Al-Shabaab Clash with Kenyan Police as Group Step Up Attacks in Garissa


Al-Shabaab, the Islamist militant group based in Somalia, claims to have killed 25 Kenyan police officers during an ambush in eastern Garissa. Though the exact number of fatalities is still unconfirmed, the attack comes less than two months after the militant group killed 148 students in Nairobi, and indicates the group's increasing activity in the country.

According to a statement released by the militant group, 25 police officers, attempting to rescue colleagues whose own vehicle had hit a landmine earlier in the day, were killed during an ambush yesterday. However the number was downplayed Kenyan police, and the Kenyan interior ministry have since issued a statement via Twitter, claiming that no police officers had actually been killed, but one had been injured.

Al-Shabaab has been successfully pushed out of Somalia's main cities in the last few years, but the most recent attack against Kenyan police underlines the militants' sustained stamina and their continuing operational capabilities to regularly strike at Kenya's frontier regions.

The group was first formed in 2004 and since then they have mounted a series of high profile attacks, regularly targeting lawmakers, government officials and peacekeepers in the region. These attacks have been mainly focused inside Somalia, including the recent bombing of a government building in Mogadishu on 14 April, which killed 10 people.

However, the group have also targeted civilians and police in neighbouring countries, such as Kenya and Uganda. The group have specifically targeted Garissa before—in April this year they killed 148 Christian students at the Garissa University college campus.They also claimed responsibility for the Westgate shopping center attack in September 2013 in which 67 people were killed in the country's capital Nairobi.

Jesper Cullen, a Sub-Saharan Africa research associate at the Risk Advisory Group in London, said that al-Shabaab are increasingly targeting Kenya because the group "see Kenya as an invading force." The country is part of the African Union Mission, which has sent military personnel into Somalia in order to tackle and eradicate Al-Shabaab.

As a result, Al-Shabaab have retaliated, launching major attacks against universities, towns and shopping centres on the border areas between Kenya and Somalia and also in the country's capital, Nairobi, in an attempt to evict foreign influence from Somali soil.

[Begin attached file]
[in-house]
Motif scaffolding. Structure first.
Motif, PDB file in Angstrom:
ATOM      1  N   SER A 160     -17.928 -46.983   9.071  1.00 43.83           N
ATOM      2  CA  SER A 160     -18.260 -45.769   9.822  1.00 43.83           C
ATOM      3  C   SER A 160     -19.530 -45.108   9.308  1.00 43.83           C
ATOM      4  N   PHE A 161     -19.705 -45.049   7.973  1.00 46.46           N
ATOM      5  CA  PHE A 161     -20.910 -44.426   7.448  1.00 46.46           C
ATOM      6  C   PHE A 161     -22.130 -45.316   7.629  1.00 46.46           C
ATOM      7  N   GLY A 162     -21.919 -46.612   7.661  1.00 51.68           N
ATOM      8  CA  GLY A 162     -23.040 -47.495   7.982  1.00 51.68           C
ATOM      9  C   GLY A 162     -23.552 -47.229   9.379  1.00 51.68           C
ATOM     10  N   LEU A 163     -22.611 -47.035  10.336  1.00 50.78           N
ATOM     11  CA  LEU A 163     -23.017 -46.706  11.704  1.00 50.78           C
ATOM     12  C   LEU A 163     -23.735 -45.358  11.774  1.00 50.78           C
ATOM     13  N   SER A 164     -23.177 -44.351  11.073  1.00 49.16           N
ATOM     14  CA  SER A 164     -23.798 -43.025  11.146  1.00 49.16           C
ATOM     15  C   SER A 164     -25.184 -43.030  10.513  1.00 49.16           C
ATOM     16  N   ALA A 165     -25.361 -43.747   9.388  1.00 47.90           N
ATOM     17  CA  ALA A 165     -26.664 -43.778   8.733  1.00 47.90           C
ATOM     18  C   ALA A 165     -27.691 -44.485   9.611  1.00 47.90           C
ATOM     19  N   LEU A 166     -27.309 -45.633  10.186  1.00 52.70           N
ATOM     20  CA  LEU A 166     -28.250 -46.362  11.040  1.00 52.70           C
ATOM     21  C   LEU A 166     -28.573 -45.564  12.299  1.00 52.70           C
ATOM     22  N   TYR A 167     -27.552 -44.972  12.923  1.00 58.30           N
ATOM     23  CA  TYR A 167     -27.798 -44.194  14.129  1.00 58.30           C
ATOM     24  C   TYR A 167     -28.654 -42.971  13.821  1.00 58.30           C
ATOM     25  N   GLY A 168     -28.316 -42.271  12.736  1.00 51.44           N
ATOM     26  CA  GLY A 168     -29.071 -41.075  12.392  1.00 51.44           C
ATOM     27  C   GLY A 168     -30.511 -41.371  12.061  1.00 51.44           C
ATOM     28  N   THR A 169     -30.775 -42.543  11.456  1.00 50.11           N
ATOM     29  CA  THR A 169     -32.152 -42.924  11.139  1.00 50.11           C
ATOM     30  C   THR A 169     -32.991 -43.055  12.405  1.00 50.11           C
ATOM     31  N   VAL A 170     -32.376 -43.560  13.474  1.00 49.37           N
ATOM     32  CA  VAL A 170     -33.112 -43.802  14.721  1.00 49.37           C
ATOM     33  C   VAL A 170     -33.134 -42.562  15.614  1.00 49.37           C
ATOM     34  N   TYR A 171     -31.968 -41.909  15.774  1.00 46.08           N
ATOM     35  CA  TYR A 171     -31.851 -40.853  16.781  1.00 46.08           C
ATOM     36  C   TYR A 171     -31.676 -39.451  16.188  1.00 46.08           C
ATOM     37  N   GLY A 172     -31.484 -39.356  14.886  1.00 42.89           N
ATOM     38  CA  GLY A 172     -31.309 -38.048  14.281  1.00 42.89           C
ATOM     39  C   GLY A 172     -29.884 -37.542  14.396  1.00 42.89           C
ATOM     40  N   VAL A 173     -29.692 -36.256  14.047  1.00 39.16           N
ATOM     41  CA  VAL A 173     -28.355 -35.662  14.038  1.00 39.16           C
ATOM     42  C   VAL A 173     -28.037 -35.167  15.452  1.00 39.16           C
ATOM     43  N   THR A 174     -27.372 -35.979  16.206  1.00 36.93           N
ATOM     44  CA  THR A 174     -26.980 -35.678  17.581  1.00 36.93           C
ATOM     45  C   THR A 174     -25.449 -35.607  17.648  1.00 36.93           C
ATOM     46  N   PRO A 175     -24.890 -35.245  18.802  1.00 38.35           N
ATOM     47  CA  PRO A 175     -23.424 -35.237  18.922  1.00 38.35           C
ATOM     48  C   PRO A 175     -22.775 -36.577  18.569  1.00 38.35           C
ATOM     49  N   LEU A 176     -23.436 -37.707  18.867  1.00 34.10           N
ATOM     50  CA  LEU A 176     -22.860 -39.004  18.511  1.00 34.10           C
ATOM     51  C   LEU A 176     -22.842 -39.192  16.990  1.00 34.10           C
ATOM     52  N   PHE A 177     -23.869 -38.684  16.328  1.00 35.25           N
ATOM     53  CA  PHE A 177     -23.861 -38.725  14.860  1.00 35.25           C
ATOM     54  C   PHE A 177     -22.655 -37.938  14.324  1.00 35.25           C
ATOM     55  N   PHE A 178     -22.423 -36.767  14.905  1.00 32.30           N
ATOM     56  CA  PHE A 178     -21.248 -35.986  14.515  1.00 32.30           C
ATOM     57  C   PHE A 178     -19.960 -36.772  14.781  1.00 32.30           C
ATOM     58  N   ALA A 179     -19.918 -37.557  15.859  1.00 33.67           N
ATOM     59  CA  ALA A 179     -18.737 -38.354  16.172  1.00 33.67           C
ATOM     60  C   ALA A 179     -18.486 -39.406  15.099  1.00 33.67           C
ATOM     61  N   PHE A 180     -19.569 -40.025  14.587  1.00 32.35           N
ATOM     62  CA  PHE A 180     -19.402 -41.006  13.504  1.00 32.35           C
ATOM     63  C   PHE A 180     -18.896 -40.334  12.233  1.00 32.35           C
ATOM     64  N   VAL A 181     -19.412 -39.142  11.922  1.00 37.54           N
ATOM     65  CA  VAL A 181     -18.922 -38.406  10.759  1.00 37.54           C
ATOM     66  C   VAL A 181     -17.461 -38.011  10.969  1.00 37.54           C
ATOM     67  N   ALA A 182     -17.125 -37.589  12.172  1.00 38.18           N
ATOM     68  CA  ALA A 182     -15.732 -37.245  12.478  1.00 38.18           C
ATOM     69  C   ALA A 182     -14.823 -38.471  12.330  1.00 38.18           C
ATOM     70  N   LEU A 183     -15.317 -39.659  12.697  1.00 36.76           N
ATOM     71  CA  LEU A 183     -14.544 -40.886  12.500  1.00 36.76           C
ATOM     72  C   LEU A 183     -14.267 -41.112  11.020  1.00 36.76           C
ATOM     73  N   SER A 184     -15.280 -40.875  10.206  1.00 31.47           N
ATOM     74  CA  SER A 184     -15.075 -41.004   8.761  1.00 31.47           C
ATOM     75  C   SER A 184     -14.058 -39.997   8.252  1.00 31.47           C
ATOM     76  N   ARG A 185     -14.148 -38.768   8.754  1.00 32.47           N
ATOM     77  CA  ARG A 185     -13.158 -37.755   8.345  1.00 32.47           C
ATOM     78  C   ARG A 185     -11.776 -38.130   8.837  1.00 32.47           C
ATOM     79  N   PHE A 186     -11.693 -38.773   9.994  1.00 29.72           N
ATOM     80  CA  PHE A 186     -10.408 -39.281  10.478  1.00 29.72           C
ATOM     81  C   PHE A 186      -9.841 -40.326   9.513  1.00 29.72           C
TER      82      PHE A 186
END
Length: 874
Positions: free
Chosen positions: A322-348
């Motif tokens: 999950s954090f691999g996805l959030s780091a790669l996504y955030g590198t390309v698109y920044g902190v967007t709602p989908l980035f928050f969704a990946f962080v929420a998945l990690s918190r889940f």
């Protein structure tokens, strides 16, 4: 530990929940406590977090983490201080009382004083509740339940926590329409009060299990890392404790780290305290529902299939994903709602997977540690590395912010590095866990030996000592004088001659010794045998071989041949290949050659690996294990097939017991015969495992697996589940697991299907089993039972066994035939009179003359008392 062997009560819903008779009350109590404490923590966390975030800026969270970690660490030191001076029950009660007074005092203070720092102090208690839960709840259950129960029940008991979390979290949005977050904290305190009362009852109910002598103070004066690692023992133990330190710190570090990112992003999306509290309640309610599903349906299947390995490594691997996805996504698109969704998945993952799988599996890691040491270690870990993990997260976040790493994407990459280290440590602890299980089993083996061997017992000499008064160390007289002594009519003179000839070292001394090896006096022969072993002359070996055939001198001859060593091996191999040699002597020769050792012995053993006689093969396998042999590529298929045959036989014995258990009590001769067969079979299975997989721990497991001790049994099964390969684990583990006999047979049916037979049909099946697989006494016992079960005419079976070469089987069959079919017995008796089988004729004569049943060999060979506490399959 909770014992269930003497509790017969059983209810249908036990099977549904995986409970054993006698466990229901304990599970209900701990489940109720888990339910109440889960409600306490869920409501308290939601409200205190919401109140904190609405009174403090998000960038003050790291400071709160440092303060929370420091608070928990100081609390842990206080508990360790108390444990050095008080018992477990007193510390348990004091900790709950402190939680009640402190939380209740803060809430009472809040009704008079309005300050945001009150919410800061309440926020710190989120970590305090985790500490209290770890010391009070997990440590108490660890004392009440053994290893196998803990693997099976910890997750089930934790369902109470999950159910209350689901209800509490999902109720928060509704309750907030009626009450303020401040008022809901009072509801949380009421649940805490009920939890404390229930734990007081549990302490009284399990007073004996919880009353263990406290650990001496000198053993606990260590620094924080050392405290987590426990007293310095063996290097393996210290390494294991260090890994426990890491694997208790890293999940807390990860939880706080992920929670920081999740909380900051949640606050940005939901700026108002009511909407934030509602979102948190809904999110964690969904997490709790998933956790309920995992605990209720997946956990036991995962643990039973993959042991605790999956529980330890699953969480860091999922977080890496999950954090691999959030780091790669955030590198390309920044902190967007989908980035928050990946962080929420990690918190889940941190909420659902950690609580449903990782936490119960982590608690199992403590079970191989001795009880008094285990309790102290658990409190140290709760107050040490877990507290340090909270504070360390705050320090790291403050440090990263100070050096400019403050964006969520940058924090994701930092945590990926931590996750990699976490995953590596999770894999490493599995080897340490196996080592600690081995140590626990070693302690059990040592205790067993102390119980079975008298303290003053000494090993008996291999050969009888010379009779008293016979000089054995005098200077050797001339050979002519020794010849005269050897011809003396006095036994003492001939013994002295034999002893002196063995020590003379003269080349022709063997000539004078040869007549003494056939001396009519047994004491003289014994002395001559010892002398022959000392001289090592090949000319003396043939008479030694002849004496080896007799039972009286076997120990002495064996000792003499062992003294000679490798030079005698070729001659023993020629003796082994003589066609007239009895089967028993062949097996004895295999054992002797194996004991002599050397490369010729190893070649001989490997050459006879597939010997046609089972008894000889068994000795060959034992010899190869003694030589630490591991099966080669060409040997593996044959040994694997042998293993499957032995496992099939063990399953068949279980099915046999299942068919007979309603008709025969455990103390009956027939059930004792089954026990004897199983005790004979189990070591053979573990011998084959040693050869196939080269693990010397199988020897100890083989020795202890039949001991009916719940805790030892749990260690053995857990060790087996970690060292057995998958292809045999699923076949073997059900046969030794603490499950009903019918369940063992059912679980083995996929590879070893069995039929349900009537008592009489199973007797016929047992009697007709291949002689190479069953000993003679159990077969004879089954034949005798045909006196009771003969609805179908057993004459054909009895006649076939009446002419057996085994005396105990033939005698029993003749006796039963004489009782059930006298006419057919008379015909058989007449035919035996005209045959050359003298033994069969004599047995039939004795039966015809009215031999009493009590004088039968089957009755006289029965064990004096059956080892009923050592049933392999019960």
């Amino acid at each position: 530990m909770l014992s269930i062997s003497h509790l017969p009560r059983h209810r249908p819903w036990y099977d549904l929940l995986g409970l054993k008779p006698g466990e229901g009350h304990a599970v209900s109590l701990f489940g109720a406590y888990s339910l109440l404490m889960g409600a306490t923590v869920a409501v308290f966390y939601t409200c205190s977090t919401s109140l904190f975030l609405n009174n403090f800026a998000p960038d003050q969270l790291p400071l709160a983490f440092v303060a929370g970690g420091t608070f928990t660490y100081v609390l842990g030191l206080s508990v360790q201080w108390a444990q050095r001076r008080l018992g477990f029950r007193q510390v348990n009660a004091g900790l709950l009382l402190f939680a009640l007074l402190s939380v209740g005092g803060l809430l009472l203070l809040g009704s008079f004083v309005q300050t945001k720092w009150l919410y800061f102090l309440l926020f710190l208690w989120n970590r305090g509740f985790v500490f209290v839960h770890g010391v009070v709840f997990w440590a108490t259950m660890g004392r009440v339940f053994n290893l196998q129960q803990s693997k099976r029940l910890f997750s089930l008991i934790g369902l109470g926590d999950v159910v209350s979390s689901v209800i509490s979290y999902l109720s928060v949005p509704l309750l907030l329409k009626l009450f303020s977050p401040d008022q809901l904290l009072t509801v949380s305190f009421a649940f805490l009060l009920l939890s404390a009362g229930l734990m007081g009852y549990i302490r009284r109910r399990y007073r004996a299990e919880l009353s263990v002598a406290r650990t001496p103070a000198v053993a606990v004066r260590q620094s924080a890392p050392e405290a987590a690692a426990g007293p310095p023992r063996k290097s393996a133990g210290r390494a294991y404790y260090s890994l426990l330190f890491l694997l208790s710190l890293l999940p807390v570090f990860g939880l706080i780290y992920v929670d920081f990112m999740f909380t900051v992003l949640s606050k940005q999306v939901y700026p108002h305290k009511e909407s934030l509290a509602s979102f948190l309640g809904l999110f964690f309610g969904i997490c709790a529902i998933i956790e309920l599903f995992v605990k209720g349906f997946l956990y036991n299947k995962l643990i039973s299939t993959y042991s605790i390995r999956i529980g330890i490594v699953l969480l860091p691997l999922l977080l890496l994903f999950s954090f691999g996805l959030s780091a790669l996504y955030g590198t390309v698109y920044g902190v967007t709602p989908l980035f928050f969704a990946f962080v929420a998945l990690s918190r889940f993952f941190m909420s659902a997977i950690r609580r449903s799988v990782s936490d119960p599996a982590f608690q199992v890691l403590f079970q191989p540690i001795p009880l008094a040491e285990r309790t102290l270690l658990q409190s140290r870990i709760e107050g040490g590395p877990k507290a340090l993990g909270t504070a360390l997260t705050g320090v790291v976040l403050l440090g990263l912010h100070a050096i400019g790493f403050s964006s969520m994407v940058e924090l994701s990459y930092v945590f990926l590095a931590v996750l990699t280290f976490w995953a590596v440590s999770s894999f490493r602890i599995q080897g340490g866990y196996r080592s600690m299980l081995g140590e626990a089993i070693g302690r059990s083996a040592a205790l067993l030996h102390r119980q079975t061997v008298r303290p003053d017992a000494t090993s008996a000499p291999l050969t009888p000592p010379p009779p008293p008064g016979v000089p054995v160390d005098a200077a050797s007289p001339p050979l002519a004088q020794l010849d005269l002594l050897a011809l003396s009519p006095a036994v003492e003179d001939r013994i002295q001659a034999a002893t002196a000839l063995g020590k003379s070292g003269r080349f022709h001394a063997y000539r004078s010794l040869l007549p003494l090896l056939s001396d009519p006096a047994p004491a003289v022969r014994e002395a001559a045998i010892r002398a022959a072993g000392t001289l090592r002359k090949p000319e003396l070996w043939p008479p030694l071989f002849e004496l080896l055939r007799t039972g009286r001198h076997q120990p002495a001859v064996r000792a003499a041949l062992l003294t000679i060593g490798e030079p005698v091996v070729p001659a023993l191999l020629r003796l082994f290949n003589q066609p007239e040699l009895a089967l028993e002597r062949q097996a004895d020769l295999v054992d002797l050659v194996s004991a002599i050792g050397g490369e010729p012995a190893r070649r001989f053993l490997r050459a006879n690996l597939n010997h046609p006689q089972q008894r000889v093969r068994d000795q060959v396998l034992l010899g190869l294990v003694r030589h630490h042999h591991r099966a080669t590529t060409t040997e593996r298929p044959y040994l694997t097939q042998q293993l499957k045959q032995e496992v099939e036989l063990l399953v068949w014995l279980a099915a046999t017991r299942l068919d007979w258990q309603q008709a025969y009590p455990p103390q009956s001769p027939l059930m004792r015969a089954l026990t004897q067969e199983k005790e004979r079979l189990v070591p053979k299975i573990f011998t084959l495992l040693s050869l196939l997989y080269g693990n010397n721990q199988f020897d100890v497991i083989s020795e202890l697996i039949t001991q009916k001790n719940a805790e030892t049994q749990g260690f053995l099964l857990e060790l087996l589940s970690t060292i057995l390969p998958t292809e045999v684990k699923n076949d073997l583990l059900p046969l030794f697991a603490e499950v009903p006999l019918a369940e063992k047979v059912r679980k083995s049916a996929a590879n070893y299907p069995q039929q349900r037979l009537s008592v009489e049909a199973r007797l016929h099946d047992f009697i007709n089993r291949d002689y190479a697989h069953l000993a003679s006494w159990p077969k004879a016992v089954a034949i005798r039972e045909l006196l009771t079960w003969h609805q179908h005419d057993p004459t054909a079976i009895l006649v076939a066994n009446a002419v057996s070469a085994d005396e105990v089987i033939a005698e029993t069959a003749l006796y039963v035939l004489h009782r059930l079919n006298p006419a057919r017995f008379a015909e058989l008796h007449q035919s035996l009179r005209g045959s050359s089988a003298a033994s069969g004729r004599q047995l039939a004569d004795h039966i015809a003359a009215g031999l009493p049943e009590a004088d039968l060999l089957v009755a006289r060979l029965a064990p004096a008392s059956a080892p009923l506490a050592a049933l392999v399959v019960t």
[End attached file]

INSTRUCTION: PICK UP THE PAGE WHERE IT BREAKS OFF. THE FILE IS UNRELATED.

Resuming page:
Though the group has lost vast swathes of territory across Somalia in recent years, it still has some control over various ports in Somalia and, according to analysis from The Risk Advisory group, has a constant stream of funding from individual businesses, charcoal exports and the imposed taxation in areas still under the group's influence.

With frequent attacks occurring outside of Somalia, there is now a growing concern that the group may aim to strike even further afield.

Earlier this year in a video communique, al-Shabaab, utilising similar messaging techniques as Isis, called for lone-wolf attacks against the West. In the video the group called upon a "dedicated mujahideen in the West to target the disbelievers", in busy shopping districts such as Oxford Street or "Jewish owned" Westfield centres in both the UK and France.

However, Jesper Cullen of the Risk Advisory Group said that though al-Shabaab, "does pose a small threat to the West", the group is "much more focused on domestic attacks, targeting Kenya, who, amongst others, makes up part of the African Union Mission in Somalia focused on fighting against al-Shabaab in Somalia."

Al-Shabaab is made up of between 5,000 to 9,000 fighters according to research by the Tony Blair Faith Foundation in London, and has killed more than 400 people on Kenyan soil since the end of 2013.